Security Predictions for Android Devices by Cheetah Mobiles
Meanwhile, Cheetah Mobile, the world’s leading mobile utility provider committed to providing a safer, faster and simpler mobile internet experience, today announced findings from its latest global mobile security report focused on Android devices.
The report details the growth of viruses, phishing sites, malwares, infected devices across major markets (including India), data leakages, and rounds out with security predictions for 2016. The Company’s annual security report is cumulative data based on 567 million global monthly active users and an overall install base of almost two billion users using Cheetah Mobile’s utility applications on their devices.
In summary, the key trends in mobile security for 2015 were:
· Android viruses rose sharply
o The number of Android viruses exceeded 9.5million, which is larger than twice the total number in the past three years. Compared with 2014’s 2.8million, the growth rate of 2015 is over 22%.
· Root Trojans soared in 2015
o As it gains system-level privilege, Root Trojans can take complete control of the device and are very hard to remove. A Trojan horse or Trojan is a type of malware that is often disguised as legitimate software. Trojans can be employed by cyber-thieves and hackers trying to gain access to users’ systems. Users are typically tricked by some form of social engineering into loading and executing Trojans on their systems. The manner in which they behave differs – some hides in users’ mobile devices to steal text messages, contact information, location data, and even personal photos. Others, like Ghost Push, obtains root access to the affected device and installs more malicious apps and a never ending stream of ads.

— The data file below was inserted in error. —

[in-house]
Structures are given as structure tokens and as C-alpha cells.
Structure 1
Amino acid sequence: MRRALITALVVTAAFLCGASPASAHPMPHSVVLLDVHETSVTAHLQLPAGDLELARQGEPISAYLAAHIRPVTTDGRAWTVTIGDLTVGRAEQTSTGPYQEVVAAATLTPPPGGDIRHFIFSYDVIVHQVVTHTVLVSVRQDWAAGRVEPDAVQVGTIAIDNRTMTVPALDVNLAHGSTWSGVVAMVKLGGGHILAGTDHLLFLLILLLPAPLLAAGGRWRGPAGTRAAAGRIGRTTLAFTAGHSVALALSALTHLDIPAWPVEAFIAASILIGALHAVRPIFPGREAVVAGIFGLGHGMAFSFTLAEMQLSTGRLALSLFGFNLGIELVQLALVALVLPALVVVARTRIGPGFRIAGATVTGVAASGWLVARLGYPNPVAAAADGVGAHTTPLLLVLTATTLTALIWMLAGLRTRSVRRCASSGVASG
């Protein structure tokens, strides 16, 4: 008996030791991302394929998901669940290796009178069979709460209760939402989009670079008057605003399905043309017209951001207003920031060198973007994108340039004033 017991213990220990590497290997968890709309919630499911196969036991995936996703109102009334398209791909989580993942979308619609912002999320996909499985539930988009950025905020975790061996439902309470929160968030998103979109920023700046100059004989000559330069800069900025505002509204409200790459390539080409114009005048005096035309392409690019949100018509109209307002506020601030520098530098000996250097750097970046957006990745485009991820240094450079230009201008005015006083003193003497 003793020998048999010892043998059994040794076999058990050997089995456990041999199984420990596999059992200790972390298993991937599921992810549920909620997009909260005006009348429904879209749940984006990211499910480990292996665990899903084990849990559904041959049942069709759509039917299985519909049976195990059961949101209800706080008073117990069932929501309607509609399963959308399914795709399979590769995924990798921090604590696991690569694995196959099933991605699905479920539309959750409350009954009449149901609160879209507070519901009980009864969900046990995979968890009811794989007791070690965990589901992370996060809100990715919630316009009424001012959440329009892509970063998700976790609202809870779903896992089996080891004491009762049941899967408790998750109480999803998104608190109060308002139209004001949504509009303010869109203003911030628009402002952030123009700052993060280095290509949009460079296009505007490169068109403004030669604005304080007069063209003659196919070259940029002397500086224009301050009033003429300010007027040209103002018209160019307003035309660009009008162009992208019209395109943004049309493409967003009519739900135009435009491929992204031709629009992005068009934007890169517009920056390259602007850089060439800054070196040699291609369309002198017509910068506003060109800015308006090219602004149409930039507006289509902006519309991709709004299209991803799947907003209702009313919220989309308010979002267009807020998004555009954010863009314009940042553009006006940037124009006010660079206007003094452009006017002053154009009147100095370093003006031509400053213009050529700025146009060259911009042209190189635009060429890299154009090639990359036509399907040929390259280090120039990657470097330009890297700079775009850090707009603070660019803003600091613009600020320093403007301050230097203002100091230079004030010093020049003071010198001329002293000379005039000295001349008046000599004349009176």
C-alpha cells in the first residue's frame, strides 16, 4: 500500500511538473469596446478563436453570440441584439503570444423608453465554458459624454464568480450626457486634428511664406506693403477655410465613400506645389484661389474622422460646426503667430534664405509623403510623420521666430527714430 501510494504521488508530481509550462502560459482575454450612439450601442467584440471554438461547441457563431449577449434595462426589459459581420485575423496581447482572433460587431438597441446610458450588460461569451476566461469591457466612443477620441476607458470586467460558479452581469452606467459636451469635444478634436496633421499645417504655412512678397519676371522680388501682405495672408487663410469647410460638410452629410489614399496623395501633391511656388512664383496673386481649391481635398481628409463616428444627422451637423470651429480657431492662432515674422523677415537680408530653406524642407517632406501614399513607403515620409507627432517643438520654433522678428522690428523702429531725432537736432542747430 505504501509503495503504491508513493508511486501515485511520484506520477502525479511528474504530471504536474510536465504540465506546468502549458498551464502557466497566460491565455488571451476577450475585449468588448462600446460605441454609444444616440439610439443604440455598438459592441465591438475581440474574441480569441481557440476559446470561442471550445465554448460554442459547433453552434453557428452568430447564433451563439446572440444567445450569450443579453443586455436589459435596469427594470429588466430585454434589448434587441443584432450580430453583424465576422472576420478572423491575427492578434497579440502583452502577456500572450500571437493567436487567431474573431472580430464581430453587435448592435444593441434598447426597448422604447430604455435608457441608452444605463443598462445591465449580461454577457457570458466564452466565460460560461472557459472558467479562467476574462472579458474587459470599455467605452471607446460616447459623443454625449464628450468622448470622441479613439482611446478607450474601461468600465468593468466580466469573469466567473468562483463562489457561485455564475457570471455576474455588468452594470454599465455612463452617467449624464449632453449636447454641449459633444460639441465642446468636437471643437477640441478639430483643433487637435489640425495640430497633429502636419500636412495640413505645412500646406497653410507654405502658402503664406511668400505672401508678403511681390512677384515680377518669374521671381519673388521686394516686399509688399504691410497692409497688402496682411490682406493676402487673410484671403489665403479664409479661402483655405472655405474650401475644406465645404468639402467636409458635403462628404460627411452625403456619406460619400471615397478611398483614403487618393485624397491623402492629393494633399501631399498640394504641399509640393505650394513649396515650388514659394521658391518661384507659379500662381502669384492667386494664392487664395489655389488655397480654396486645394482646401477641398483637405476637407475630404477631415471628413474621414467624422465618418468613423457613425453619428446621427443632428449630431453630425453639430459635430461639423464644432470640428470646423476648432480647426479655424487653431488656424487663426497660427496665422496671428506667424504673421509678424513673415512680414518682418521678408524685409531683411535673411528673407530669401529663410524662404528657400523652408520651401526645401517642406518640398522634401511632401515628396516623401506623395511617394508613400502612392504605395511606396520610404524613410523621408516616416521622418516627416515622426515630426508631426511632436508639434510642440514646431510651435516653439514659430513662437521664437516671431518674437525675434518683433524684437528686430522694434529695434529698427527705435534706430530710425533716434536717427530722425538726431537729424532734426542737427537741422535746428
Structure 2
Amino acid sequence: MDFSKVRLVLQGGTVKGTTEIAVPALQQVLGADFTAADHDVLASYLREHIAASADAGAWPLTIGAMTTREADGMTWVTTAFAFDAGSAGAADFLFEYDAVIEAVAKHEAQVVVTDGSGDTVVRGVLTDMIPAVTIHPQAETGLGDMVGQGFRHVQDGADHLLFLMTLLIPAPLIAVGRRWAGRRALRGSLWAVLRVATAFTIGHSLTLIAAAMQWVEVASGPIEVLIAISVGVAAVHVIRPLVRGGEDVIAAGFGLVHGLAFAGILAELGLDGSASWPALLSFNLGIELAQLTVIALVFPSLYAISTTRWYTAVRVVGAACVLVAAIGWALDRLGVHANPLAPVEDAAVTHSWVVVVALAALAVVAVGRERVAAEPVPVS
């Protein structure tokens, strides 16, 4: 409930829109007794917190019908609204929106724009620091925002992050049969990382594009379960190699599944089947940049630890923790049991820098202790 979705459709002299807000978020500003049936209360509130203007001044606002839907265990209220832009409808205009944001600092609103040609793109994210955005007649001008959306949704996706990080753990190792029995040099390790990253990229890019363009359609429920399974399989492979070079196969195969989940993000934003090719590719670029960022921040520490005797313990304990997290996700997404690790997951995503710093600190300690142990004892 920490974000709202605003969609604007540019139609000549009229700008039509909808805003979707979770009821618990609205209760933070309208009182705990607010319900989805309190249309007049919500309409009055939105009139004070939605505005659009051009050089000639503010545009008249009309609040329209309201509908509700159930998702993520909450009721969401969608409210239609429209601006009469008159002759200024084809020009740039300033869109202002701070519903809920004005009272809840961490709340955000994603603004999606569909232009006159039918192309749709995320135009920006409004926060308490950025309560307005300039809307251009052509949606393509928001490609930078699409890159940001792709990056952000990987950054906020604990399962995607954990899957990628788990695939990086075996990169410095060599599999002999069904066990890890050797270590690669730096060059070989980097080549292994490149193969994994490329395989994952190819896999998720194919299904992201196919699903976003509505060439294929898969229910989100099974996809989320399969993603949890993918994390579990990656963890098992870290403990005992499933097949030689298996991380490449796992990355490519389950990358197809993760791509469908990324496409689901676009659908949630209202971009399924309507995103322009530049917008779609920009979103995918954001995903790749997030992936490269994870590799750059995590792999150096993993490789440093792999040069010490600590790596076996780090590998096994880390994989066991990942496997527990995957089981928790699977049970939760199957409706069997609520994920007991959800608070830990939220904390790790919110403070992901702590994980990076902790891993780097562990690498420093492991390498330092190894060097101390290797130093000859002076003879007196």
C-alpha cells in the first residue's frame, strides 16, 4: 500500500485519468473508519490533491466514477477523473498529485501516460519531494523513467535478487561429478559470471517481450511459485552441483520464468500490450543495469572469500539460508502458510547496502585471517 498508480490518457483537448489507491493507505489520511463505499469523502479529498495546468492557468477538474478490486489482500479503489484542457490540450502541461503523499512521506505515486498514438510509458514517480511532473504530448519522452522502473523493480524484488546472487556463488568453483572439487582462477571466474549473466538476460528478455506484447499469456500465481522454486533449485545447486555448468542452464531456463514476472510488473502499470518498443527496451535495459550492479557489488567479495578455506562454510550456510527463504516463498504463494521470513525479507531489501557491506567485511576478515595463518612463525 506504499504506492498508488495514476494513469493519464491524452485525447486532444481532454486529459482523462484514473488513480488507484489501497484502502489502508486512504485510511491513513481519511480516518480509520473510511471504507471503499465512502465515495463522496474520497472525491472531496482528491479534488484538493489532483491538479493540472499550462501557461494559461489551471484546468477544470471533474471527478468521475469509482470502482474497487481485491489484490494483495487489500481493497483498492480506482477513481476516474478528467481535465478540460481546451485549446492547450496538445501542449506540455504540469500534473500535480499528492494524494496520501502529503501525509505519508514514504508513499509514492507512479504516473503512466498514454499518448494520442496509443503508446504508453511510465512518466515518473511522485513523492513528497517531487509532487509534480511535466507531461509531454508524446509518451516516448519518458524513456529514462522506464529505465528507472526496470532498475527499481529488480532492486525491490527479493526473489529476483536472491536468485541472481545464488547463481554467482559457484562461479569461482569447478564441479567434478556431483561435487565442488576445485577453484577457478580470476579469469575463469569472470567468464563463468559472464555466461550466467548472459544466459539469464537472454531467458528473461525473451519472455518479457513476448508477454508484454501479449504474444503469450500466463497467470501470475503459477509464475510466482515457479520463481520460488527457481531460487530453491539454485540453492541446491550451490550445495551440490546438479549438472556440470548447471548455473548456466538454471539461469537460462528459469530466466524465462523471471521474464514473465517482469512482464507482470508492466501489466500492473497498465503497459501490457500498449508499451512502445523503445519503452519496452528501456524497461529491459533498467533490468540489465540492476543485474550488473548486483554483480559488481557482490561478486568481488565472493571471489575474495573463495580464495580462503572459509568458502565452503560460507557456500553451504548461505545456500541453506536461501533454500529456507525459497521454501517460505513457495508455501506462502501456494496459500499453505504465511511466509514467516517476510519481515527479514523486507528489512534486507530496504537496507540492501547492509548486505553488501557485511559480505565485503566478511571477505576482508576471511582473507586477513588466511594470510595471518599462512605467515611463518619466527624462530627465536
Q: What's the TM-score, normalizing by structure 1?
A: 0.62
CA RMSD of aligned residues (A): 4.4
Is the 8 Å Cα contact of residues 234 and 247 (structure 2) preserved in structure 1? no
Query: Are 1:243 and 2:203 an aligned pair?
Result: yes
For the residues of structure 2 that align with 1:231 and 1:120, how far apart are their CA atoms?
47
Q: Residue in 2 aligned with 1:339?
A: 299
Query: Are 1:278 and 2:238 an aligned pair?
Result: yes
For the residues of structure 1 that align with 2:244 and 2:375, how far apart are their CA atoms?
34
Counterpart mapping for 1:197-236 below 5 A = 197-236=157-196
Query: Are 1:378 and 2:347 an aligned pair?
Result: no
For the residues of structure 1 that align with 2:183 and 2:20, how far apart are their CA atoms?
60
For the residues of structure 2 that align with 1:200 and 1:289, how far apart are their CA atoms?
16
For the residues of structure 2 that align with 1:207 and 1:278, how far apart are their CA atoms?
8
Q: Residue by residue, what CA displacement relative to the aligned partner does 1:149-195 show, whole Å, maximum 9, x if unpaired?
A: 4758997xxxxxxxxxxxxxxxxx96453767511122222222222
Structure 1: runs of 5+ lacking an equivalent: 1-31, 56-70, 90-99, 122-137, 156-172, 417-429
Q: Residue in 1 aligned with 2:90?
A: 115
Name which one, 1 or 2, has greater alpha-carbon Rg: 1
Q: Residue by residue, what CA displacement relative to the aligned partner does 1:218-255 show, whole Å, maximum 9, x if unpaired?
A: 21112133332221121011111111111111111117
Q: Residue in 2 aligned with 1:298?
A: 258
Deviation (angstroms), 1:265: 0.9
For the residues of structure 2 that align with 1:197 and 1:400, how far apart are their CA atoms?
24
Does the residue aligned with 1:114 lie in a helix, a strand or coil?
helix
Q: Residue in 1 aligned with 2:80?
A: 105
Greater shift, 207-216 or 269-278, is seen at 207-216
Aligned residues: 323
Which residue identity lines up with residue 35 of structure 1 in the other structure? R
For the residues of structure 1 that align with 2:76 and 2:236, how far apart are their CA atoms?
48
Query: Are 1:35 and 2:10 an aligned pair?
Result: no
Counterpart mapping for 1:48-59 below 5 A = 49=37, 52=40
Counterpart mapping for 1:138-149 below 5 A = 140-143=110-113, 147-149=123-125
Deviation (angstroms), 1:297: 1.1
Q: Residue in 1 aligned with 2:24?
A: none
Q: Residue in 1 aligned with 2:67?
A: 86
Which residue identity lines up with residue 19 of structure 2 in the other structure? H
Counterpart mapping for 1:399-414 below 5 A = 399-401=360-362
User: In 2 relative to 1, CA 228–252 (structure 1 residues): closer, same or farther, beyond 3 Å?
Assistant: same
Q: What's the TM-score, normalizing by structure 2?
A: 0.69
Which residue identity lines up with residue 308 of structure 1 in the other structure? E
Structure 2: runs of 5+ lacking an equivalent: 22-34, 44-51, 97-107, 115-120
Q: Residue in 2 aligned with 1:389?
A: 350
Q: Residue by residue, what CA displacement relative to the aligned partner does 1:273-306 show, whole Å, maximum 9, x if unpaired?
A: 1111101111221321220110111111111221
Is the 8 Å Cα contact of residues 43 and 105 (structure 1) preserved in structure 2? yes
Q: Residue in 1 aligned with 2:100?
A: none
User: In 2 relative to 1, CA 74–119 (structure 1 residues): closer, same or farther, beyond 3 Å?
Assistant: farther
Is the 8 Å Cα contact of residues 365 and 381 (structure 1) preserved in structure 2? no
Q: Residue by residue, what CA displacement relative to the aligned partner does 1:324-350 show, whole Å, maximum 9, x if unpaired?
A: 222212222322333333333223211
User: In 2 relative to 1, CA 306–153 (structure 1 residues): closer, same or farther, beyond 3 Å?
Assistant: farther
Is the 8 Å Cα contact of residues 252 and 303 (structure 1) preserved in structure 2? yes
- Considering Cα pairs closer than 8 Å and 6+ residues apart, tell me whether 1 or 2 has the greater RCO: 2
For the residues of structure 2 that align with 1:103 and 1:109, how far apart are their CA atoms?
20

· Mobile payments have been targeted by viruses
o With the popularization of mobile payment, the number of malwares targeting mobile banking has increased rapidly.
· Data leakage caused great damage
o Thousands of companies and hundreds of millions of users have been affected by information leaks in 2015.
· Android vulnerabilities emerge one after another
o From the Stage fright vulnerability which affected 95% Android devices to the wormhole compromising millions, it seemed like Android vulnerabilities would never end.
China, India and Indonesia were the three most severely afflicted countries. Apart from large Android user bases, another reason of these countries becoming the worst-hit ones is that third-party app markets are prevailing in these areas, and most of these third-party app markets have been contaminated by malwares due to the weak monitoring of third-party app markets.
Mobile Security Predictions for 2016
· New security features in Android 5.0 Lollipop and its successors are expected to make Android phones more secure.
· As Google Play is available in China, Chinese app markets are expected to become more standardized and secure.
· More effective steps will be taken by Google to enhance Android security in 2016.
· Globally, mobile payment methods will be attacked more frequently.